Saturday, March 21, 2015

James and the Giant Peach - Yummy

Pros: Giant peaches, flying seagulls, peculiar things, and Cloud Men
Cons: Only if you object to the phrase "silly ass"

The Bottom Line: When a giant peach is involved, well, what more could you ask for?

Poor James Henry Trotter. He had such a nice life until his parents were gobbled up by angry rhinoceroses. Then he was sent to live with is ghastly Aunt Sponge and Aunt Spiker. But one day a strange man arrives and offers him something in a bag, something that will change his life forever. It seems James will be freed – except he loses the contents of the bag to the ground when he trips and falls. But that doesn’t mean other rather peculiar things won’t start happening, like an old peach tree growing a giant peach. Or some other very peculiar things inside. It looks like James will have his life changed after all…

I remember reading this when I was younger. I remember thinking it was creepy, the idea of swallowing all those weird little green things in the bag. How cool it would be to sail around on a giant peach tied up with seagulls. How awesome it would be to watch Cloud Men at work making things like hail and rainbows.

This is the kind of book that can have a youngster gaping away as you read, or as he/she reads. Some things Roald Dahl doesn’t explain at all – such as how the large insects James meets can talk (magic of course!), but the things he does randomly explain, like how James and the others are able to see Cloud Men and why people on airplanes never do is simply delightful. James is such a cute boy and turns out to be very daring and inventive. The reader gets to travel from England all the way to New York City and have all sorts of adventures along the way.

As usual for Dahl’s style, he doesn’t sugar-coat things. Aunt Spiker and Aunt Sponge get exactly what they deserve and trust me, no one is going to be sorry about it. The Centipede does tend to call people asses, so that can be up to you whether or not you want your child to see it. Personally, I doubt your child is going to go running around repeating it (I didn’t). You might learn a thing or two about grasshoppers and ladybugs, and this might also make your child curious about insects in general. For example, spiders are not evil bugs, and instead are quite useful. (as of this moment I have one living above my window…)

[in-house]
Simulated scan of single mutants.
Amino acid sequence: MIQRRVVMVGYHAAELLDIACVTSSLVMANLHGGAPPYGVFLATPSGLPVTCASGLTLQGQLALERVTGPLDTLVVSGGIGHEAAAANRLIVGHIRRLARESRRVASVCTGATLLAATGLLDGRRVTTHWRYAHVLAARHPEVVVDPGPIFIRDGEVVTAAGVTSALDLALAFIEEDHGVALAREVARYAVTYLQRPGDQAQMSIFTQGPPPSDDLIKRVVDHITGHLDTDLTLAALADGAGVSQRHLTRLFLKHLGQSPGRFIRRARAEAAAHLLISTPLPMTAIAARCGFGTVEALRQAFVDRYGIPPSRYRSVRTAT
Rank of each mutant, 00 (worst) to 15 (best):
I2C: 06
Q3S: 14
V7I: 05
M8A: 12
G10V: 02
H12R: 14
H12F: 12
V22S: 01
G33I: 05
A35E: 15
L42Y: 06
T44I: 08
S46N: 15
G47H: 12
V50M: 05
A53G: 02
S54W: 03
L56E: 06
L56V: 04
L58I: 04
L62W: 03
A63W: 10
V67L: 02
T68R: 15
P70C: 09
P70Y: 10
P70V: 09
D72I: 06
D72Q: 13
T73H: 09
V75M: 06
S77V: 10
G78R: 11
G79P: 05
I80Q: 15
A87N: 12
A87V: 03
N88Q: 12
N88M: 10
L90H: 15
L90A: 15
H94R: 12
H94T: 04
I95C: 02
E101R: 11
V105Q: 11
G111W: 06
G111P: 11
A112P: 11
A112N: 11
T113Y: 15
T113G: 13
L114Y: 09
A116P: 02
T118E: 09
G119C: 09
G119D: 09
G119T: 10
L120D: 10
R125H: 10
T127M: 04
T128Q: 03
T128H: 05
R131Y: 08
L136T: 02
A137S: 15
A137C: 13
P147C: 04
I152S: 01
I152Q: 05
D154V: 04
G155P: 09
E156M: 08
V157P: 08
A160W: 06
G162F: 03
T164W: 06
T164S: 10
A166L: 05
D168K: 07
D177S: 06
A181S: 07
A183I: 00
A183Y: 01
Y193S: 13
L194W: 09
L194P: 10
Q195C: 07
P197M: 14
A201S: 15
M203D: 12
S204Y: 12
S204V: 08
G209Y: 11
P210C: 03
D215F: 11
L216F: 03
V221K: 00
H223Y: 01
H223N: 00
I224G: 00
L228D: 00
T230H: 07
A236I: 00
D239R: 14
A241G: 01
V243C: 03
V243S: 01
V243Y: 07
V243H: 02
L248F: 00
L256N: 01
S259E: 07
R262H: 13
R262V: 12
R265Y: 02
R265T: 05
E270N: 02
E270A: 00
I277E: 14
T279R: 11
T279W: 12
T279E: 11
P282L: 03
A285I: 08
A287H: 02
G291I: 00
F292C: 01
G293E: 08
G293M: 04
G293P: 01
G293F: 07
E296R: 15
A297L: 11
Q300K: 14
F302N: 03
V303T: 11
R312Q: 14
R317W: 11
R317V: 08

But as we all know, the main purpose of this book is to entertain and get a child’s imagination working. Or an adult’s. The book I bought has Quentin Blake’s illustrations; the semi-scribble yet still-better-than-anything-I-can-draw style. My favorite picture is when the peach goes sailing over the cliff to soon drop into the ocean. I mean, come on, how often do you get to see a picture of a giant peach flying through the air (minus seagulls of course). In fact, sometimes they remind me of Shel Silverstein’s drawings.

Anyway, enjoy it. If you missed it during your childhood, go read it. If you haven’t read it to your child yet, read it. If your child hasn’t read it him/herself yet, offer it up. It’s a great book that can keep kids on the edge of their seats. And it’s quite funny; the moment I started to read about the Cloud Men, it began to rain...


Originally published on as a part of the Fight Illiteracy Write-Off. This book was also donated as part of that event.

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